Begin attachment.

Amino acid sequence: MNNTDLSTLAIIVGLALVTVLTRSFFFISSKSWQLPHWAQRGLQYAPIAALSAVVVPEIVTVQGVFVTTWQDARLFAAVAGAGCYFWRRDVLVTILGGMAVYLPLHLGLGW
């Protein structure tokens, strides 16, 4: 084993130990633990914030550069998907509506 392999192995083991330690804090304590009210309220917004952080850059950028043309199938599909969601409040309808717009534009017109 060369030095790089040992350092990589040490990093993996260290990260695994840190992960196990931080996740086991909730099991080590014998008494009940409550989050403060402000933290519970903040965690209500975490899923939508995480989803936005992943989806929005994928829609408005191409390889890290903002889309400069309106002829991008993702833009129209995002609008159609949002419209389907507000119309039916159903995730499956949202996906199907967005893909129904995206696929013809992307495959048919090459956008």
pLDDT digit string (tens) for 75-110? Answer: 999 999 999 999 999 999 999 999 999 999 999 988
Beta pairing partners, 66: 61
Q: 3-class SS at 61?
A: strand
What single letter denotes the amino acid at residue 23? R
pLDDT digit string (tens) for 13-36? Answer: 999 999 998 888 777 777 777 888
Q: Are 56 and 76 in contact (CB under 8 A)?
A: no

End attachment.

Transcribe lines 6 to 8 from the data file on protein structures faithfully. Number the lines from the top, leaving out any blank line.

A: strand
What single letter denotes the amino acid at residue 23? R
pLDDT digit string (tens) for 13-36? Answer: 999 999 998 888 777 777 777 888